IV. Correction

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1. DPRK Economy An item in the ROK Section of the Daily Report for June 17 stated that the DPRK’s Gross Domestic Product (GDP) shrank to US$741 million last year. The item should have said that the GDP per capita shrank to US$741.

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Produced by the Nautilus Institute for Security and Sustainable Development in partnership with:
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Yonsei University, Seoul, Republic of Korea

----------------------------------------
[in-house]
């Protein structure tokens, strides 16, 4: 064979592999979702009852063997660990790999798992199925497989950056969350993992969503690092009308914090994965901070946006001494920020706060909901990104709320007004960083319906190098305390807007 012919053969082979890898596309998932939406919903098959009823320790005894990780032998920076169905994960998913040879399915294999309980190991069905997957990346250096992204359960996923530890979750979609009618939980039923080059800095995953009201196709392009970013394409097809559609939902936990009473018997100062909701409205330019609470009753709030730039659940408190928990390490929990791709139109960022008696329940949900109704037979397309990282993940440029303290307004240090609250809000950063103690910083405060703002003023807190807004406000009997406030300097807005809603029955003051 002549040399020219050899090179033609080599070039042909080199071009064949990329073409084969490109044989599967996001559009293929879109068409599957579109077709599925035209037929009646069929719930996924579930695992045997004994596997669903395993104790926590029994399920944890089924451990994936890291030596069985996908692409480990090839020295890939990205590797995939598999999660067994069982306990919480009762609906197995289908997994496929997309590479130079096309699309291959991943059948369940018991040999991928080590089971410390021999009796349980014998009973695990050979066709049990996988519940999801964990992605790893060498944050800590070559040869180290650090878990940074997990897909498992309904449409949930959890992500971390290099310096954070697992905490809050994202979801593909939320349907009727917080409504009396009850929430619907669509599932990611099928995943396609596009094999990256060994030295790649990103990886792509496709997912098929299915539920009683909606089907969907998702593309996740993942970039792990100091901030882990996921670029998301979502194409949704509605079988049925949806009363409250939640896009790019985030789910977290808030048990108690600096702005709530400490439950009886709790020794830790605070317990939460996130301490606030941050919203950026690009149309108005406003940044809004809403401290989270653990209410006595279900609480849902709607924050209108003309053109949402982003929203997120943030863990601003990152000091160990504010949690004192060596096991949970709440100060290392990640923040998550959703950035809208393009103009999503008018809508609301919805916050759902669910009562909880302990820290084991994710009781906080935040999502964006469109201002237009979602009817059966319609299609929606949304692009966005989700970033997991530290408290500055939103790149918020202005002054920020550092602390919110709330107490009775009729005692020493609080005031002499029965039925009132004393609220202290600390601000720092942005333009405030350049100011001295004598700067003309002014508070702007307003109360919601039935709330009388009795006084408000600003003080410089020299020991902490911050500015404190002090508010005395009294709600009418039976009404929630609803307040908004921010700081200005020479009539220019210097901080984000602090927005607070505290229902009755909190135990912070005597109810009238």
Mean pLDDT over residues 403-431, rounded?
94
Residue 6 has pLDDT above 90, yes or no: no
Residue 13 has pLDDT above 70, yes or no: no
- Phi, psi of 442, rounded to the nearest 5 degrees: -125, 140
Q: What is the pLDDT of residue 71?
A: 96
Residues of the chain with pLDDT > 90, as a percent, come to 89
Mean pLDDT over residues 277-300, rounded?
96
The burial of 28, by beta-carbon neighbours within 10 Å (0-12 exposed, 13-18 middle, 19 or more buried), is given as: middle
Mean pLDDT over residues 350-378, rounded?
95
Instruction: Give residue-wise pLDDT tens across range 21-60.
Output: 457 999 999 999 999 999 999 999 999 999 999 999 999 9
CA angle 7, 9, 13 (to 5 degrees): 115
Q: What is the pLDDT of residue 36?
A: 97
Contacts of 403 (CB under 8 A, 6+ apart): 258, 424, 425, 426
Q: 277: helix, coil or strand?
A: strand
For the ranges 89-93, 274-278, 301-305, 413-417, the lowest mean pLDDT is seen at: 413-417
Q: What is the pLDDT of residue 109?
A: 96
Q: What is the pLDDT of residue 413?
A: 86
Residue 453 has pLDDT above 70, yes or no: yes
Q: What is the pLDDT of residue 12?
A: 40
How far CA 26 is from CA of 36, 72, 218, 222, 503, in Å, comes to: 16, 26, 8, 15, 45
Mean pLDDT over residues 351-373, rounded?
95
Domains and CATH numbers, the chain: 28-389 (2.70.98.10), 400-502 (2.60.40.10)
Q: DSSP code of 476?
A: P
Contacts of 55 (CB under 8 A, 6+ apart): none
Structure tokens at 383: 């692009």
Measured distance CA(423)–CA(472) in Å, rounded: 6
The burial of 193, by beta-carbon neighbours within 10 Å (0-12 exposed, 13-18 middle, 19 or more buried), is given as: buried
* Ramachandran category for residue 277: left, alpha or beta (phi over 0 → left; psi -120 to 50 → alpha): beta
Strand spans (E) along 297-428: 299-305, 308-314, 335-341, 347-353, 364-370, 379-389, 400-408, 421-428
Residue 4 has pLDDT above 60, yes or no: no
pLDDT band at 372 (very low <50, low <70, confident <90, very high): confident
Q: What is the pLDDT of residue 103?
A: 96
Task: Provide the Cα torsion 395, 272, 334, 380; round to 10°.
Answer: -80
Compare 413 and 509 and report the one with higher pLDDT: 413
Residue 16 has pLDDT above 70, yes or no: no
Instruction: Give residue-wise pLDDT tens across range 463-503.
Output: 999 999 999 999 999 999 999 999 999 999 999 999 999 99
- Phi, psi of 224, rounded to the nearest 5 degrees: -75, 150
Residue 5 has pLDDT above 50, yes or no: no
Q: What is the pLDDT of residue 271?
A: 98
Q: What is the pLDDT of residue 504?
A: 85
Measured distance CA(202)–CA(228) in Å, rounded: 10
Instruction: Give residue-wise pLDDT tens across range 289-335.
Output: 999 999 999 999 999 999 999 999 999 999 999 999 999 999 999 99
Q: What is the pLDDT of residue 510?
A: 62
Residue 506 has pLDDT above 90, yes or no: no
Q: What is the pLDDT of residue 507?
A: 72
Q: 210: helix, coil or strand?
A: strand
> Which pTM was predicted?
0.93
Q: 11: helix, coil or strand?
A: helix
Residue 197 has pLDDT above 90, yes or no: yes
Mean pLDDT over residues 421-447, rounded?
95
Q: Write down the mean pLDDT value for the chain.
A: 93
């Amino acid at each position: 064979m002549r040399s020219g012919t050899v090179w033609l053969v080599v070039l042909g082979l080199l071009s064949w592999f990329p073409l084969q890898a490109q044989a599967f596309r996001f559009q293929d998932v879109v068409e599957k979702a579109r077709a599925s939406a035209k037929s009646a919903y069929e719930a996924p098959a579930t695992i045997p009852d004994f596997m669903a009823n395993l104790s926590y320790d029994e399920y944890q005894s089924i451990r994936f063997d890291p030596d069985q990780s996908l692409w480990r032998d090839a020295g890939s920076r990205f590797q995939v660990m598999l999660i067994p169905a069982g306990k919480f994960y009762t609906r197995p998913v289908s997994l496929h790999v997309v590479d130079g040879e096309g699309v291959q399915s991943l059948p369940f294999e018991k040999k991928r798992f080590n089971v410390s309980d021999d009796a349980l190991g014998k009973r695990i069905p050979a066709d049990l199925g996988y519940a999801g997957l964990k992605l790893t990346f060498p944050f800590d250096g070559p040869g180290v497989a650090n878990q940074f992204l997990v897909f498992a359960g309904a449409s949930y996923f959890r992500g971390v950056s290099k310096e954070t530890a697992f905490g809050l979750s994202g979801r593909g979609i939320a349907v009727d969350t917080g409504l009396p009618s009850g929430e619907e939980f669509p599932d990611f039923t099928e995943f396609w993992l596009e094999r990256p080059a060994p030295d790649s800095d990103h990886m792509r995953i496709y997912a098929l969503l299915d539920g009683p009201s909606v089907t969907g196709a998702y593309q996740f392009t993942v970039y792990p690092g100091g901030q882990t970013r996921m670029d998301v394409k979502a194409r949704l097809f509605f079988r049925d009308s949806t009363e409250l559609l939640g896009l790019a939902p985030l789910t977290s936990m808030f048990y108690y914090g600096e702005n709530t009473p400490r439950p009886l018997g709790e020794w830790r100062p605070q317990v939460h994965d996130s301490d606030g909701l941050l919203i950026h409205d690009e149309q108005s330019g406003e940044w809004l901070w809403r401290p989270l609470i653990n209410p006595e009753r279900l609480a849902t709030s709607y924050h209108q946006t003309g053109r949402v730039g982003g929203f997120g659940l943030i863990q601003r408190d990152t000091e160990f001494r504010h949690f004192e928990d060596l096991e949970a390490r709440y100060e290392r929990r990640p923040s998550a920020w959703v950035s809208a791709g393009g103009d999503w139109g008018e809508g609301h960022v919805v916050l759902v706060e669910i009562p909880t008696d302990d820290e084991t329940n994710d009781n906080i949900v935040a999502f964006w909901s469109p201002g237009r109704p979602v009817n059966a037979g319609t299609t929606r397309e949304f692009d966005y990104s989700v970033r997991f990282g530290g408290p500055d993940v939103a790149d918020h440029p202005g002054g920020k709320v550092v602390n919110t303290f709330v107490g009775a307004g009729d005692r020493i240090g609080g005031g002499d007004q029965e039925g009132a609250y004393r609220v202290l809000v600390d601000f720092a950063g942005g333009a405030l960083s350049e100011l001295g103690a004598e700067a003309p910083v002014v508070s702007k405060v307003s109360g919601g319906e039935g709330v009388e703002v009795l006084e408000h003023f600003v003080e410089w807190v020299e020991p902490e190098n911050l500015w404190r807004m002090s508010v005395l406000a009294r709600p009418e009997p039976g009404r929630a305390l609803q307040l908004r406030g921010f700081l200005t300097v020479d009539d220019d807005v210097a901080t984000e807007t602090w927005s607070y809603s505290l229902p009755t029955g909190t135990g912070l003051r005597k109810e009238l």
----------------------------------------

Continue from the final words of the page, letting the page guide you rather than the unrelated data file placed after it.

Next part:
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Center for American Studies,
Fudan University, Shanghai, People’s Republic of China

Wade L. Huntley: napsnet@nautilus.org
Berkeley, California, United States

Timothy L. Savage: napsnet@nautilus.org
Berkeley, California, United States

Shin Dong-bom: dongbom_shin@wisenet.co.kr
Seoul, Republic of Korea

Choi Chung-moon: cily@star.elim.co.kr
Seoul, Republic of Korea

Hiroyasu Akutsu: akutsu@glocomnet.or.jp
Tokyo, Japan

Peter Razvin: icipu@glas.apc.org
Moscow, Russian Federation

Chunsi Wu: dlshen@fudan.ac.cn
Shanghai, People’s Republic of China

Dingli Shen: dlshen@fudan.ac.cn
Shanghai, People’s Republic of China